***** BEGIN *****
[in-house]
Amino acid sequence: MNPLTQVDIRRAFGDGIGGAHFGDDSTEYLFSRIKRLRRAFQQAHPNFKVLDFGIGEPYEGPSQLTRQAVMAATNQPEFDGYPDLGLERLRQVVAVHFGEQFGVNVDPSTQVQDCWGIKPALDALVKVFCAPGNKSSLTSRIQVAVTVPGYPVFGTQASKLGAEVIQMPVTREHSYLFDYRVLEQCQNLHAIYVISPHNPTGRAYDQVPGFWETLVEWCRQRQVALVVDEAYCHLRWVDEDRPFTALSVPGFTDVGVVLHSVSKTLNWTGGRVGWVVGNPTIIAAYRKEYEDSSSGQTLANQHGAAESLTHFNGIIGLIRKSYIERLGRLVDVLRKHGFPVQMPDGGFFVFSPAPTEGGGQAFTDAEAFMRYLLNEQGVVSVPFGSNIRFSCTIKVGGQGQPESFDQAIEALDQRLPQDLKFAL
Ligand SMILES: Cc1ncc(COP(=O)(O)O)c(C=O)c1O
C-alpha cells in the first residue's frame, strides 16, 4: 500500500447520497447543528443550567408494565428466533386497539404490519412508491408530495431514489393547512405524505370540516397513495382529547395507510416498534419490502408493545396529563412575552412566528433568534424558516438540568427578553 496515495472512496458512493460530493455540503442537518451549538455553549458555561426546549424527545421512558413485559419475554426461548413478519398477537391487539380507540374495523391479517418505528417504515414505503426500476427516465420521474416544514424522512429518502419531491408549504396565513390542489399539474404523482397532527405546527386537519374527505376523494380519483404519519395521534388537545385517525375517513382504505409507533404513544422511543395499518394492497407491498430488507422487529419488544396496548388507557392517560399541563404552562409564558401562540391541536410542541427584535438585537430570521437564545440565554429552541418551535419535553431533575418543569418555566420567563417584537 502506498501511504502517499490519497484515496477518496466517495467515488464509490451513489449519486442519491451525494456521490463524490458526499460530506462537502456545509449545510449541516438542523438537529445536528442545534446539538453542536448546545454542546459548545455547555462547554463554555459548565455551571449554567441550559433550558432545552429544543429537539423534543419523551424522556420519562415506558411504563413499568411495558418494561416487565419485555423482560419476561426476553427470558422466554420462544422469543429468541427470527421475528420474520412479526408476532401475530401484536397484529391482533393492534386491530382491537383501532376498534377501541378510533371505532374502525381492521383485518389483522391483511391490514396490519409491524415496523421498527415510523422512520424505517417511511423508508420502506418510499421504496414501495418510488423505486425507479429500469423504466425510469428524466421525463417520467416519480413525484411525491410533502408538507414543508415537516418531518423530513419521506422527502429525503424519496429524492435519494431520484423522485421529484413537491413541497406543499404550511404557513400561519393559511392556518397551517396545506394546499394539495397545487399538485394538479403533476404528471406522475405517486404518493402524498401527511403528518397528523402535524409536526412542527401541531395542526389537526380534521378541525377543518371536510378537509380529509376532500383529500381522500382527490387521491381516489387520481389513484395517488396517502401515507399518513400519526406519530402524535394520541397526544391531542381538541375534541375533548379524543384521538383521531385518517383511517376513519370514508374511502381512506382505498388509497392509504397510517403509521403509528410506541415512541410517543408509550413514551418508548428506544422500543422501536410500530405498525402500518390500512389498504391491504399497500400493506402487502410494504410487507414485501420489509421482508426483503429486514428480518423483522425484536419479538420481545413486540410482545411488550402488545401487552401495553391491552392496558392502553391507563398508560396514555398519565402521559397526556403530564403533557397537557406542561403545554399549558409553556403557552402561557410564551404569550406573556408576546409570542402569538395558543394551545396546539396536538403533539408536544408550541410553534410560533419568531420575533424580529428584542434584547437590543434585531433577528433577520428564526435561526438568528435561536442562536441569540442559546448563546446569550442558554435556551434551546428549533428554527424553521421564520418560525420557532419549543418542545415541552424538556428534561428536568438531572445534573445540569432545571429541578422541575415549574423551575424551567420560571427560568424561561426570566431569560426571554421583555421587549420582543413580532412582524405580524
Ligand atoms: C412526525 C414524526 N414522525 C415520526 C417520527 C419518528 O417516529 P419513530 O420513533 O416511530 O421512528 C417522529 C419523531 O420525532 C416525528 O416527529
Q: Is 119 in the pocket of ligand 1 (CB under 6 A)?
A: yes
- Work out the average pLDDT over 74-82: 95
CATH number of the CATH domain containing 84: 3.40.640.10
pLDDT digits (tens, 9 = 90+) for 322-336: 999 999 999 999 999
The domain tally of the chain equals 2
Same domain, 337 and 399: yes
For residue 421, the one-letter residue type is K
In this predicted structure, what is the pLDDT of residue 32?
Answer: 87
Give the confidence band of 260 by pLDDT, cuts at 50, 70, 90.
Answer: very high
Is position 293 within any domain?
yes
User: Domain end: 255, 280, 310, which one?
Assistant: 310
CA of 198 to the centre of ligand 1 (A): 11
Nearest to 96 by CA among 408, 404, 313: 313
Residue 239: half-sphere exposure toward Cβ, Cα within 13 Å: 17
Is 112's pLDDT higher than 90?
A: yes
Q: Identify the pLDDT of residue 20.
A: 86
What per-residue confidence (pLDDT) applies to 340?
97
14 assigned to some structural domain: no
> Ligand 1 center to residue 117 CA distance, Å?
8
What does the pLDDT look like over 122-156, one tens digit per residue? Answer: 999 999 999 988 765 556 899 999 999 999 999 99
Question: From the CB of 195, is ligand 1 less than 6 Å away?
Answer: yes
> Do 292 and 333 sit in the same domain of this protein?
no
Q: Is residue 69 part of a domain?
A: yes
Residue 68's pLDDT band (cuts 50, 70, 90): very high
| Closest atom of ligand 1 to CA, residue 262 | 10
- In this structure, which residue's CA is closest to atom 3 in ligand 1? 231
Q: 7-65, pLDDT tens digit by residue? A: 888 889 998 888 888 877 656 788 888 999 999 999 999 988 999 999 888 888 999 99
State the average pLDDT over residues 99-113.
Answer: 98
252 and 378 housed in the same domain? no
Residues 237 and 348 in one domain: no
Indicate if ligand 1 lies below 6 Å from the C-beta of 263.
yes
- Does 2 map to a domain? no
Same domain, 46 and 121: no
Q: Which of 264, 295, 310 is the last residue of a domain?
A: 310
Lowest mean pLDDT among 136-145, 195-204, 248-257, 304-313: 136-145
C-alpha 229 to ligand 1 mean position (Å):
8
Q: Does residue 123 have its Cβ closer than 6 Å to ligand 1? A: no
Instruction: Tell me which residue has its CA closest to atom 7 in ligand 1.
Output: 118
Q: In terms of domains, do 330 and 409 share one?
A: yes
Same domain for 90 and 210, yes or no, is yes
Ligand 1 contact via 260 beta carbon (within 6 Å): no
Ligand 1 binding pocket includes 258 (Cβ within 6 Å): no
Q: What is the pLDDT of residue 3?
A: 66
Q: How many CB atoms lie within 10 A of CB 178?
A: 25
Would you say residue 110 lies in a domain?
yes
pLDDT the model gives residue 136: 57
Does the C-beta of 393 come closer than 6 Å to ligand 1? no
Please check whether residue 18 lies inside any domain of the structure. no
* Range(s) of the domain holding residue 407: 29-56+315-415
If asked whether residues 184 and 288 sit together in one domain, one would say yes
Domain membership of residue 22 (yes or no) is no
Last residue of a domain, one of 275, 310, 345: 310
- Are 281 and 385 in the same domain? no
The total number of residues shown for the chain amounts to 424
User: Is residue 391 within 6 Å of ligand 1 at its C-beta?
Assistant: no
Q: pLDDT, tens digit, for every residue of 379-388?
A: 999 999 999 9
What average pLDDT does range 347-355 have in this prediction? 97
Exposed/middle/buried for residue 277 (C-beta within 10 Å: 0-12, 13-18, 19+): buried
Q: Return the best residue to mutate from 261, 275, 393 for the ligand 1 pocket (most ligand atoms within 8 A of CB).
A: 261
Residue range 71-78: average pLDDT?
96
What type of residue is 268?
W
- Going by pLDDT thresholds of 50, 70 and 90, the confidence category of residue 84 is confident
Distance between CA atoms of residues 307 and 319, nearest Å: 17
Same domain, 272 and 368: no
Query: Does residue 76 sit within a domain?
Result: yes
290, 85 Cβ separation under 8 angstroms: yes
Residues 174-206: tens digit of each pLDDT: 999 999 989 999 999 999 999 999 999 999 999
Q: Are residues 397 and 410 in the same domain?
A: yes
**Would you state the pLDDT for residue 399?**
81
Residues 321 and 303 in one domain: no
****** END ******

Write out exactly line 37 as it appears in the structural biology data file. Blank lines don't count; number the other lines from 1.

> Do 292 and 333 sit in the same domain of this protein?